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Last Updated: Monday, 16 October 2006, 10:32 GMT 11:32 UK
Patients rejecting hospital food
Hospital kitchen
Some patients were put off by how food looked, tasted and smelled
Many hospital patients are leaving their food unfinished because it is so unappetising, a report has found.

The Food Watch survey of 2,240 patients in England found more than a third had abandoned their food, and 40% have had food brought in by visitors.

Around 26% who needed help with eating did not receive any, it added and 22% found their meals too hot or too cold.

The Commission for Patient and Public Involvement in Health is calling on the government to improve food standards.

Some 18% of those questioned said they did not always have their choice of meal, and 81% said they had no choice of meals in advance.

'Disappointing'

The report was conducted by Patient and Public Involvement Forums at 97 hospitals across England. Sharon Grant, chair of the Commission for Patient and Public Involvement in Health, said the findings were "disappointing".

This survey is further damning evidence that many hospitals are putting lives at risk by failing to provide patients with basic care
Gordon Lishman, Age Concern

"Proper nutrition is essential to recovery both physically and psychologically," she said.

"Patients have every right to expect food that is nutritious, served at the appropriate temperature, meets their dietary needs and help to eat if they need it."

"Not only will this impact upon a patient's recovery, but is a huge waste in terms of NHS money and resources," she added.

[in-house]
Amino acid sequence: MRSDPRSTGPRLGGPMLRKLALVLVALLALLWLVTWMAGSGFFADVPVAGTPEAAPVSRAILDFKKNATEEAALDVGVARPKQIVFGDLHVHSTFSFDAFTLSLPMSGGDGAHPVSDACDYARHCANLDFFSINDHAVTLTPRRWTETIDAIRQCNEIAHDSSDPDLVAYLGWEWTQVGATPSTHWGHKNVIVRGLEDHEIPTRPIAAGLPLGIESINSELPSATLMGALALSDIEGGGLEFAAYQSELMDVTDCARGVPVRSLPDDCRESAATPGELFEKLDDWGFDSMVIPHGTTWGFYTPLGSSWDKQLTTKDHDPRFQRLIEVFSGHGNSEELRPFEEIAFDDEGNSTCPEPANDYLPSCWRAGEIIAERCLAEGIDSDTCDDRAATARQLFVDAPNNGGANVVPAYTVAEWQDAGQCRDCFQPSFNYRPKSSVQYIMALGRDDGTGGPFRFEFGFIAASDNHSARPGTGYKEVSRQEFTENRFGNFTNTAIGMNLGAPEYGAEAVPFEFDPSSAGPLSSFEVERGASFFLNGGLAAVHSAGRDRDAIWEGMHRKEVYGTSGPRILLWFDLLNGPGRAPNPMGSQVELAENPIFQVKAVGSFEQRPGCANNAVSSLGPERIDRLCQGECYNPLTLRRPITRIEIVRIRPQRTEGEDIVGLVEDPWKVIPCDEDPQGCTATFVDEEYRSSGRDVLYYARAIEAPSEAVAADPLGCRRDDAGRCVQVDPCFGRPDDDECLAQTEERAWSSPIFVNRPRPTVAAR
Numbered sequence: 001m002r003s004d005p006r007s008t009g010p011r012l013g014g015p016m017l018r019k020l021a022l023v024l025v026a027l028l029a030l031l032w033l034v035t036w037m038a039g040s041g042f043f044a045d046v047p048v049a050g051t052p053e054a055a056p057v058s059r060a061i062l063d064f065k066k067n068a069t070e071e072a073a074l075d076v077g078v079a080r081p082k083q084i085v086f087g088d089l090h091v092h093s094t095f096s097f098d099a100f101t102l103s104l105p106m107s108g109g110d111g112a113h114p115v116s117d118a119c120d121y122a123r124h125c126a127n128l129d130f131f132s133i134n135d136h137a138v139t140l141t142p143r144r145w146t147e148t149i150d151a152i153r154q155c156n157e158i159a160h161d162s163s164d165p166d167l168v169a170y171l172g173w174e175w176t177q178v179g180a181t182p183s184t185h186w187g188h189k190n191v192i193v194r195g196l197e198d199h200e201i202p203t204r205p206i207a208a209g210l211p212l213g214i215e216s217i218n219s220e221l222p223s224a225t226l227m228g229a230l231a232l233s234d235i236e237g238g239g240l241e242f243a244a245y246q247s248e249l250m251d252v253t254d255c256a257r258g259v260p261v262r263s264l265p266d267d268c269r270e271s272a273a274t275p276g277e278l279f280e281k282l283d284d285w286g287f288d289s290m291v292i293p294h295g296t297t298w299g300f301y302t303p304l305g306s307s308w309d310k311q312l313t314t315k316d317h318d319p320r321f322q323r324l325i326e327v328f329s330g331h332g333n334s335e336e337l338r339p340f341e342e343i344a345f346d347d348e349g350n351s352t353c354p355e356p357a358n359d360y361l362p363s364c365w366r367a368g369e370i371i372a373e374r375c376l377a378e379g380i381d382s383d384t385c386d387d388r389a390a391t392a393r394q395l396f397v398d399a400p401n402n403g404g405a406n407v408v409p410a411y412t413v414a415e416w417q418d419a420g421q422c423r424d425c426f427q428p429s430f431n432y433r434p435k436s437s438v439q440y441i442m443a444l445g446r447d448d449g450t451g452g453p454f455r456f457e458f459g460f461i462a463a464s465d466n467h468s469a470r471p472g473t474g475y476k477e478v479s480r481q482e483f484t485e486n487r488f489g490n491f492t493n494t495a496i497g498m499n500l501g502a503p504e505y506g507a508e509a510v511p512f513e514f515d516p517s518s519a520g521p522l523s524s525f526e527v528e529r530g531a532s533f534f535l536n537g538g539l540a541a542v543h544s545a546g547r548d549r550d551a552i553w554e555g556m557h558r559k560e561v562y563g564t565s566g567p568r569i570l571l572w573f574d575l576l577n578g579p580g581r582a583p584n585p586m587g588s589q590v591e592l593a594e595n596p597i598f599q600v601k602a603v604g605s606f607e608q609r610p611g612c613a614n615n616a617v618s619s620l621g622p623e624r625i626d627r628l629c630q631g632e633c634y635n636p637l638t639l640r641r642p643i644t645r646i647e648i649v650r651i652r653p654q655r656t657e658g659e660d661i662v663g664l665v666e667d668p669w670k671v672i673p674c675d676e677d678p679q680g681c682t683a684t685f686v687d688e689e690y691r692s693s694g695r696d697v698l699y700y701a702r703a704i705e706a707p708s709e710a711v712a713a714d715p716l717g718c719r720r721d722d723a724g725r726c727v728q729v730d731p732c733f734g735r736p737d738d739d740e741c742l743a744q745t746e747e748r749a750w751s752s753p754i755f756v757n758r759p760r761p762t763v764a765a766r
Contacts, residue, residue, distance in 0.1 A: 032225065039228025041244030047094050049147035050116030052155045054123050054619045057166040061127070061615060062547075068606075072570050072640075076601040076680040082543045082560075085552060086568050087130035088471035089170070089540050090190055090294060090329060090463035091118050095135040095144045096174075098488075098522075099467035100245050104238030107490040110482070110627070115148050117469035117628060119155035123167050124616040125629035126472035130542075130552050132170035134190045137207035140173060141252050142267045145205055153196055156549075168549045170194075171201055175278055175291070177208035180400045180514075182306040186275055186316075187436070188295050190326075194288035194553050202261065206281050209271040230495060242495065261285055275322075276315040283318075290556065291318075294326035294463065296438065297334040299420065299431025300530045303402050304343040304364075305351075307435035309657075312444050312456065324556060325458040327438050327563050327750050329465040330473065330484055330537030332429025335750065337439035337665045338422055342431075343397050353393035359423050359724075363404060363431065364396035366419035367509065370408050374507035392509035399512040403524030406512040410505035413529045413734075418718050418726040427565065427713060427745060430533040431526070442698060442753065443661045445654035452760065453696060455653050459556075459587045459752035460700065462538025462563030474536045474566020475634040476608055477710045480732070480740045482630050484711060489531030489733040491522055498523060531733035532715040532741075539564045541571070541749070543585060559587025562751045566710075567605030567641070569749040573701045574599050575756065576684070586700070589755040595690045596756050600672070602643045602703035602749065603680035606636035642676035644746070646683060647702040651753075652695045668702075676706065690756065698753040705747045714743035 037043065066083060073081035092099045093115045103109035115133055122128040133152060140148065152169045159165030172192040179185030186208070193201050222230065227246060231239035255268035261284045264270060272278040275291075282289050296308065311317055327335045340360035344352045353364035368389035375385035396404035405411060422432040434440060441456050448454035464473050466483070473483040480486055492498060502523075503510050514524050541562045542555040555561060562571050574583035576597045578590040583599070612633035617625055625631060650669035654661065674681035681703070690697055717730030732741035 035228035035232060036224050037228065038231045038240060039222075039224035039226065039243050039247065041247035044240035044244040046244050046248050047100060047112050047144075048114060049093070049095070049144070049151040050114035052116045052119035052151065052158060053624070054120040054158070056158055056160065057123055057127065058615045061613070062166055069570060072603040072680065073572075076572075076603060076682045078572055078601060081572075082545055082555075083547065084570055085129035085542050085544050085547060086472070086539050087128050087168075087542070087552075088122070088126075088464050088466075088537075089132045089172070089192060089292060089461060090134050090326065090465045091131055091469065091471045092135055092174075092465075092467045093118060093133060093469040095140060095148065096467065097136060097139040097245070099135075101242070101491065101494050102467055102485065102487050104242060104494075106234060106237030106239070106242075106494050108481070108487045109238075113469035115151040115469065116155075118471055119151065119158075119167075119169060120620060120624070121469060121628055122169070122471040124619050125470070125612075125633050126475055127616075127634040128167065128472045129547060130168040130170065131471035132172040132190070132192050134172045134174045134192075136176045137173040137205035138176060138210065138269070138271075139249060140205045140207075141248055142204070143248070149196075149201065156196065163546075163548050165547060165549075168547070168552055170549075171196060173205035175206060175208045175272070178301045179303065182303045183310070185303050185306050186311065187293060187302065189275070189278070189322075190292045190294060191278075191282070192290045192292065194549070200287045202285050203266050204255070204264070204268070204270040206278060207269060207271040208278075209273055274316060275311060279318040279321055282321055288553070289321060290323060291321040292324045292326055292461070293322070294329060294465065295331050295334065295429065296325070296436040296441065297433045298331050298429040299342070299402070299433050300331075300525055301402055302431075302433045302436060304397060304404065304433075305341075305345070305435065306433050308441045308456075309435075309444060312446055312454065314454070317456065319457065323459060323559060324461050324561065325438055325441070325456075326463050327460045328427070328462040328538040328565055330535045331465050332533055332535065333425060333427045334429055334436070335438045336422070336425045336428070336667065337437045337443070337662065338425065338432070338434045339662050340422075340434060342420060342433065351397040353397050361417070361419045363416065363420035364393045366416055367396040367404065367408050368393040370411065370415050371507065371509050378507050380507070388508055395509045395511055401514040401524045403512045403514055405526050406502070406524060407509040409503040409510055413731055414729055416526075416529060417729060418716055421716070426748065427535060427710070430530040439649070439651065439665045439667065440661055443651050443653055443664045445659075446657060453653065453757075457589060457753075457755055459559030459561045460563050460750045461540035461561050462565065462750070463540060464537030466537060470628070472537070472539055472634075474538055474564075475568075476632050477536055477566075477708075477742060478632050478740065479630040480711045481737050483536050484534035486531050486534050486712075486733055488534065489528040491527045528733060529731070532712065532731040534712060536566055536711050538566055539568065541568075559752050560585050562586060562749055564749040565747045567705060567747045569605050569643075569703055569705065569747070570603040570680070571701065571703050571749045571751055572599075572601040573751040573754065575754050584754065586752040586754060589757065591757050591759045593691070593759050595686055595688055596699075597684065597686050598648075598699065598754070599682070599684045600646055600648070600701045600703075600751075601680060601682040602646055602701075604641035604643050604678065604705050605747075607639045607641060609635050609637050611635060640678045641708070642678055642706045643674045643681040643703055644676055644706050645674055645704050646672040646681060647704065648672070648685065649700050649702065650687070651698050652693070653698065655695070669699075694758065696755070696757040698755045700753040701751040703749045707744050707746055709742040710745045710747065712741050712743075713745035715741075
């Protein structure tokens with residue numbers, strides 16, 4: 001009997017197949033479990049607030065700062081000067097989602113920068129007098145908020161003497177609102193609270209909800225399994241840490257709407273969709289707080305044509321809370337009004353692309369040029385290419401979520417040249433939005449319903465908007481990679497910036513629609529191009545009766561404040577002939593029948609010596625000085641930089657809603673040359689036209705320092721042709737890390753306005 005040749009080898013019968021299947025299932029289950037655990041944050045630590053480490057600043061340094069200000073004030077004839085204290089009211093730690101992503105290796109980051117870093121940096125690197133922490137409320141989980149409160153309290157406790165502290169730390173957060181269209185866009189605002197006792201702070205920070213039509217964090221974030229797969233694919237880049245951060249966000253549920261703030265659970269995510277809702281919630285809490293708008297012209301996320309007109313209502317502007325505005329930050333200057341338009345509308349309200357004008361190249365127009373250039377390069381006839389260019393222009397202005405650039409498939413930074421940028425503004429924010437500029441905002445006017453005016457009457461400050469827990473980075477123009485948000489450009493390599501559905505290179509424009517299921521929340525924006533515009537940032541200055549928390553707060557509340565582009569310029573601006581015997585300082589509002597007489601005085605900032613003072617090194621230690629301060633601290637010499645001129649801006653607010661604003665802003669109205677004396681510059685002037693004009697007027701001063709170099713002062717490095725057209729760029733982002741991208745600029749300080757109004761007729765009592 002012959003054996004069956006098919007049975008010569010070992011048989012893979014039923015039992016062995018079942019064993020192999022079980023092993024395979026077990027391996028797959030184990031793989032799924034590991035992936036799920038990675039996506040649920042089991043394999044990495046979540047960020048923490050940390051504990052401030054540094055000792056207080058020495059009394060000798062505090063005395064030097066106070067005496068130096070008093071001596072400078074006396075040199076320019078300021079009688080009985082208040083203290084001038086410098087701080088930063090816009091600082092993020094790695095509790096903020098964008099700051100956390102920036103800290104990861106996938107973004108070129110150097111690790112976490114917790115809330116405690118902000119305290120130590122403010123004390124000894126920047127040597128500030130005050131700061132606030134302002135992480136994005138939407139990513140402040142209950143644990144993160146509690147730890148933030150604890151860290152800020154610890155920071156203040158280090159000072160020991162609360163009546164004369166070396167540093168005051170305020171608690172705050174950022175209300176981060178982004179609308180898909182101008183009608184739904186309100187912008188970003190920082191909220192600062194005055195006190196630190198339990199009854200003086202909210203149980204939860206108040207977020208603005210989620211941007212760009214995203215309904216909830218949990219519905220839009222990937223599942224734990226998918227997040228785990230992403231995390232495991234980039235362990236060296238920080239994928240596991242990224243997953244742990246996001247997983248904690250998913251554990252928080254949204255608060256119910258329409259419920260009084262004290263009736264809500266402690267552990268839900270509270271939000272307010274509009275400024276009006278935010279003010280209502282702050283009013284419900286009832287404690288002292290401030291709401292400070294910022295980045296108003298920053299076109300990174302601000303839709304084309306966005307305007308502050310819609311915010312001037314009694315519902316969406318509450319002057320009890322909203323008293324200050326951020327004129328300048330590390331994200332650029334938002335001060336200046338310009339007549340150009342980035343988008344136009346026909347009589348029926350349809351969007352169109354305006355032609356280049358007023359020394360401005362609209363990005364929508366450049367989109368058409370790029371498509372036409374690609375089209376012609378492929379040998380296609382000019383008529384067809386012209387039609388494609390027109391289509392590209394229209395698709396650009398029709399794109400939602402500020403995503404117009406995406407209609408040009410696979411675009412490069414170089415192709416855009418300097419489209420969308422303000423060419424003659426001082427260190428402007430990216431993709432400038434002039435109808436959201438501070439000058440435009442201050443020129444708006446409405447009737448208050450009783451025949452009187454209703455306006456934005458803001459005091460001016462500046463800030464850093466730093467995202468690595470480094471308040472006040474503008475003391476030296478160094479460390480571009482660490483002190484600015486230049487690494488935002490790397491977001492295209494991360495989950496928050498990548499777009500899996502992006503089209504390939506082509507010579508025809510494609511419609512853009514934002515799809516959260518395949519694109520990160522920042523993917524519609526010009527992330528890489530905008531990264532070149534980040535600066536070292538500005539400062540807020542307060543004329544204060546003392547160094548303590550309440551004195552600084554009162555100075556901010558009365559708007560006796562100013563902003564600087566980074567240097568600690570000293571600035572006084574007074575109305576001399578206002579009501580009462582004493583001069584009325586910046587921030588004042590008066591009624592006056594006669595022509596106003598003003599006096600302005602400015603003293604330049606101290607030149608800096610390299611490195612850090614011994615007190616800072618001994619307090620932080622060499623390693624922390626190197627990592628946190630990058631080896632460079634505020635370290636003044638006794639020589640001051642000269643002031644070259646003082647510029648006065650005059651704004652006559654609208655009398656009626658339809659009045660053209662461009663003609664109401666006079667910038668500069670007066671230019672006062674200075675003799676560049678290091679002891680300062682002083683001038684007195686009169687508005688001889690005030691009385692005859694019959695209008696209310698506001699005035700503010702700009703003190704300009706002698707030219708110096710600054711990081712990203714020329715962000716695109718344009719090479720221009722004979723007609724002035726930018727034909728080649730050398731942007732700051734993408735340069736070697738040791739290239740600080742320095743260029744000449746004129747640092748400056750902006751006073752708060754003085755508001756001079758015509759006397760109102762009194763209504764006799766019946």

Ms Grant said the survey had revealed examples where the food was of a good standard, but the forums had been shocked by the comments from some patients.

She added the findings would be sent to Health Secretary Patricia Hewitt in a bid to improve standards across the board.

Age Concern England director general Gordon Lishman said hospitals needed to urgently address the problem.

"This survey is further damning evidence that many hospitals are putting lives at risk by failing to provide patients with basic care.

"It's a fact that malnourished patients stay in hospital for longer, are three times as likely to develop complications during surgery and have a higher mortality rate."

But health minister Andy Burnham said hospital food had improved significantly over the past few years, although he said more action was needed.

He added: "Earlier this week the independent Healthcare Commission found that nearly all trusts (over 96%) were meeting the core standards on hospital food.

"Last year, the independent Patient Environment Action Teams found that 90% of hospitals were rated good or excellent for food standards compared to 17% in 2002."




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